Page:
* In fact, Japan had undertaken negotiations with all the belligerents concerning reparations, and paid compensation. Conversely, for their crimes against the humanity of Jews and others, the Germans paid compensation only personally; they paid no compensation to the belligerent nations. Japan, at the Tokyo Tribunal, was not proclaimed guilty of “crimes against humanity,” so she bore no burden of payment of personal compensation for such crimes.
At that time, Chiang Kai-shek’s government, determined to fight Japan, was engaged in rapid improvement on its social infrastructure (such as roads and railroad lines) and planning the production of munitions and military uniforms. German industries were swarming to meet the demands of the Chiang government.
Making inroads in the background were German businessmen with governmental ties, there as military advisors. About the time of the Chinese Incident, some 40 German military officers were in China. The most important among them was Alexander von Falkenhausen. He reached Chiang Kai-shek in 1934 and was quickly embroiled in writing scenarios for fighting the Japanese.
Transactions made by Rabe (and the others) required Falkenhausen’s approval, and the two had an on-going relationship. Rabe also spent time with Falkenhausen and his family.
A segment of the German defense forces and the German industrial world proposed a major business deal with Chiang Kai-shek’s administration. This was a grand project — a long-term plan — the base of which was the establishment of war plants to supply high-speed torpedo boats for the defense of Hong Kong, and moving forward with short-term plans for rapid construction of gun emplacements for harbor defense. A contract was soon entered into.
It was Japan who threw a spanner into these plans. Japan moved forward with the Anti-Comintern Pact with Germany (and later, Italy). At that time, the Soviet Union had an organization called the Comintern whose duty was to promote Communism all over the world. The Pact was concluded first between Japan and Germany in November of 1936 to oppose the Comintern and cooperate with intelligence concerning the Soviet Union. Italy joined the Pact the next year.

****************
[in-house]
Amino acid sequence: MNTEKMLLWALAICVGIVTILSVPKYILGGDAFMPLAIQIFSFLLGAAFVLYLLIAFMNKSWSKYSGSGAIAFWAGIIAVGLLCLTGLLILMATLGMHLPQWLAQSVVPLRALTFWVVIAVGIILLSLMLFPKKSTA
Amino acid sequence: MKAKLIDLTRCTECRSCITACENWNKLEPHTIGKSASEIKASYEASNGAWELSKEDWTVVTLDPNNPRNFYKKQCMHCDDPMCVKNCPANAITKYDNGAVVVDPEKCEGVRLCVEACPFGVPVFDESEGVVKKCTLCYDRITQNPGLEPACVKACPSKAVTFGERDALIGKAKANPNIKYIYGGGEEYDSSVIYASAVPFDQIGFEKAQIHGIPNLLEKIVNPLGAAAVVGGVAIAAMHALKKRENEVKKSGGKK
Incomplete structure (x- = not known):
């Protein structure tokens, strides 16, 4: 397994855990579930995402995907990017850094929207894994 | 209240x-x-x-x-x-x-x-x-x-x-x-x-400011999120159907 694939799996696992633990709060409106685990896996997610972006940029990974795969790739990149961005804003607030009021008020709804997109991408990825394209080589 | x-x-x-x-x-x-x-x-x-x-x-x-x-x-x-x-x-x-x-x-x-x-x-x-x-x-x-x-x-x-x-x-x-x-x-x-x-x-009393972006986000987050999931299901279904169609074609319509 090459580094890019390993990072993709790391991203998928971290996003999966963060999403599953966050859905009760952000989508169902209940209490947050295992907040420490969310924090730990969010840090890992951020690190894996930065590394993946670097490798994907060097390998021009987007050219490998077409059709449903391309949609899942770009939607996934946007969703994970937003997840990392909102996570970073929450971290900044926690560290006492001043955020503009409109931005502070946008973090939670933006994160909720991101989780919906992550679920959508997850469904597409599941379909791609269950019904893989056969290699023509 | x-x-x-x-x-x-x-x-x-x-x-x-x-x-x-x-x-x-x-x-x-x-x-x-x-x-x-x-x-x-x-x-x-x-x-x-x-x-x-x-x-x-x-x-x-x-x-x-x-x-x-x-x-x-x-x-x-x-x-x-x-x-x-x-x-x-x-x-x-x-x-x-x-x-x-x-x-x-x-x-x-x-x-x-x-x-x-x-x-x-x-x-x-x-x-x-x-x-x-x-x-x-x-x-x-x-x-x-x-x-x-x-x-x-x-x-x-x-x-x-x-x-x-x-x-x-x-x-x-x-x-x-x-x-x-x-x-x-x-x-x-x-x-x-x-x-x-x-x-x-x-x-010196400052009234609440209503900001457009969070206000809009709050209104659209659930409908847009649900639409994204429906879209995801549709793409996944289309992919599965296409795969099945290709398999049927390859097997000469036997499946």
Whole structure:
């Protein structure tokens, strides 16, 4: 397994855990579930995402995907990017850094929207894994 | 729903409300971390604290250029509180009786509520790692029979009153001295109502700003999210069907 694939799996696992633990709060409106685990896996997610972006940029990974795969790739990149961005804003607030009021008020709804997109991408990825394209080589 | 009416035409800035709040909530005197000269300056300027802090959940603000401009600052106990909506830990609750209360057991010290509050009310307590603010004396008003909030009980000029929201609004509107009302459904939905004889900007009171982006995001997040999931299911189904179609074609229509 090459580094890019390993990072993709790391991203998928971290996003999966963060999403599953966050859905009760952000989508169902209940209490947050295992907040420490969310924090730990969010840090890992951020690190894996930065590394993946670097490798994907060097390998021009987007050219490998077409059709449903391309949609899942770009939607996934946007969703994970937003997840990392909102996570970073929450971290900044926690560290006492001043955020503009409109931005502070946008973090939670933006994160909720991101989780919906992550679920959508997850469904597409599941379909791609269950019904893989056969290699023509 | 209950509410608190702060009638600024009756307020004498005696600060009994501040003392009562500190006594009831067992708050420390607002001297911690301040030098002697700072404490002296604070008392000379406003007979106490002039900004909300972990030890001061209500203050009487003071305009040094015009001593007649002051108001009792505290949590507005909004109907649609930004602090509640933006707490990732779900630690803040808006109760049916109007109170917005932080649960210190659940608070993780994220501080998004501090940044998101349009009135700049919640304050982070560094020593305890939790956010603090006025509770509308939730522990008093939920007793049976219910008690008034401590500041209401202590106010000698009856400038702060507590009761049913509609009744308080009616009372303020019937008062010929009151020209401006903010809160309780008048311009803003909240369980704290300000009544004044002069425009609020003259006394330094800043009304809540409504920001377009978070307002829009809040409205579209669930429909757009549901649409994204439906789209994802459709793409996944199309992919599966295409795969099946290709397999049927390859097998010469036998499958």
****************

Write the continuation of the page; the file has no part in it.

Right in the middle of these negotiations, the Japanese found out about this project and protested to Germany. Hitler, upon receiving the complaint, ordered the project (which had only reached the contract phase) halted. It was like applying the brakes to Germany’s general trade with China.
Still, it was the German economic world that was outraged. The German businessmen who had traveled to Shanghai and Nanking voiced their displeasure as one. Rabe had to have been one of them. The situation up to this point was made clear in 1978 in a work titled The Sino–German Connection: Alexander von Falkenhausen Between China and Germany 1900–1941, by Vassar College professor Hsi-Huey Liang.1
Falkenhausen, as head of the group of military advisors, was also placed in a difficult position. He had come to incite Chiang Kai-shek into fighting a war against Japan, but one prerequisite to that was the German industrial world supplying weapons and other necessities. Now those plans were in tatters.
Had this program been realized, Chiang Kai-shek’s government would have been outfitted as a first-rate military power and the course of history would have been
1 Liang, Hsi-Huey. The Sino-German connection: Alexander von Falkenhausen between China and Germany 1900 – 1941. Assen: van Gorcum, 1978.
drastically altered, and it is quite probable that the world today would be a very different place.
Chiang Kai-shek, deprived of an opportunity that would not come again, was also angry. Soong May-Ling, Chiang’s wife, was an open book; she laid bare her displeasure at this. In his diary on Oct. 3, 1937, Rabe wrote this:
It’s said that people at the highest levels, especially Madame Chiang, have no great sympathy for Germany because we have concluded a pact with Japan against the Soviets and have refused to take part in the [Nine Power] Conference in Brussels, since we don’t want to sit at the same table as the Soviets.